The field of environmental history emerged just decades ago but has established itself as one of the most innovative and important new approaches to history, one that bridges the human and natural world, the humanities and the sciences. With the current trend towards internationalizing history, environmental history is perhaps the quintessential approach to studying subjects outside the nation-state model, with pollution, global warming, and other issues affecting the earth not stopping at national borders. With 25 essays, this Handbook is global in scope and innovative in organization, looking at the field thematically through such categories as climate, disease, oceans, the body, energy, consumerism, and international relations.
Author: Jonathan Hill
Weather Architecture further extends Jonathan Hill’s investigation of authorship by recognising the creativity of the weather. At a time when environmental awareness is of growing relevance, the overriding aim is to understand a history of architecture as a history of weather and thus to consider the weather as an architectural author that affects design, construction and use in a creative dialogue with other authors such as the architect and user. Environmental discussions in architecture tend to focus on the practical or the poetic but here they are considered together. Rather than investigate architecture’s relations to the weather in isolation, they are integrated into a wider discussion of cultural and social influences on architecture. The analysis of weather’s effects on the design and experience of specific buildings and gardens is interwoven with a historical survey of changing attitudes to the weather in the arts, sciences and society, leading to a critical re-evaluation of contemporary responses to climate change.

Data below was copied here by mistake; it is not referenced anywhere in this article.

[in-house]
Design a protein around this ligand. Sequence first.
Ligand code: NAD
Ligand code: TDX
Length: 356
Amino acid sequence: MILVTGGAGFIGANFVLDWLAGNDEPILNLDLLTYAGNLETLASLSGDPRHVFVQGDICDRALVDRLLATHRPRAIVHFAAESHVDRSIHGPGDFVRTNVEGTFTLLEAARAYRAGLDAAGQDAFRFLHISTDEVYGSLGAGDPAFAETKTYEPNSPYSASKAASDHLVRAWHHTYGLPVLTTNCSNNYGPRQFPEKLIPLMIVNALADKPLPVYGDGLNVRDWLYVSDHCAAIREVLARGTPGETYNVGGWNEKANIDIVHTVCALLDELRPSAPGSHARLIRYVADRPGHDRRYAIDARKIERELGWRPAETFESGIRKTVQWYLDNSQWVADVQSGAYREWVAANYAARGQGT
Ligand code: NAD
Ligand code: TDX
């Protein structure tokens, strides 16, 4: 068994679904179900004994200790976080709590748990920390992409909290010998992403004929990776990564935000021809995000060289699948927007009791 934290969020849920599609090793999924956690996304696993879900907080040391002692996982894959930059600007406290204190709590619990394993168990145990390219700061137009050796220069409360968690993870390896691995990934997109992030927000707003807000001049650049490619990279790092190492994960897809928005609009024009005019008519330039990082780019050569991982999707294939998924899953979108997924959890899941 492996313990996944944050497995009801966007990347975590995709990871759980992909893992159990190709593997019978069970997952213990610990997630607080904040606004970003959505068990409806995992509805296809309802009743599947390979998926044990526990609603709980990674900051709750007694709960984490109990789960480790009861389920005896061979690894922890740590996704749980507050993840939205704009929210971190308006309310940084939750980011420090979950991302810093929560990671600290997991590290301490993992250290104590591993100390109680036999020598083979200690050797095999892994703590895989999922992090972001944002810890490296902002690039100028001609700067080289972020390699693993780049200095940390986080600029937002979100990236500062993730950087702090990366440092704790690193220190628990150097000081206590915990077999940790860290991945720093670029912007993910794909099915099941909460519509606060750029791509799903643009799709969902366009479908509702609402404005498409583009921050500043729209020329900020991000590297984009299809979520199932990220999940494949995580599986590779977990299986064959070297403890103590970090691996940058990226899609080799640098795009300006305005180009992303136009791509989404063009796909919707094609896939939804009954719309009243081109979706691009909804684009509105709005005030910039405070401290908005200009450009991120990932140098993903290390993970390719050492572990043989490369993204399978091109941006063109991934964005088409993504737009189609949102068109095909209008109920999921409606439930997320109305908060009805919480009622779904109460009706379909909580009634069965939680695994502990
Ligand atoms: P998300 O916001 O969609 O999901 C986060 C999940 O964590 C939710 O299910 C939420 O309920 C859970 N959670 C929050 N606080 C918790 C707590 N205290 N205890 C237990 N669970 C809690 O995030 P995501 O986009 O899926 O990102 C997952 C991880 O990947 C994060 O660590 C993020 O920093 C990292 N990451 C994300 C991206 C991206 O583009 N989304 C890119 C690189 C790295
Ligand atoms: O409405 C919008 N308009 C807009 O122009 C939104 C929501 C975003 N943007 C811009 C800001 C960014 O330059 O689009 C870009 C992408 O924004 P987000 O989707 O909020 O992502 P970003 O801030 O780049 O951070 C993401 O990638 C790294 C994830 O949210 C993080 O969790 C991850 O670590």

Author: Gilbert White
Publisher: OUP Oxford
Category: Literary Collections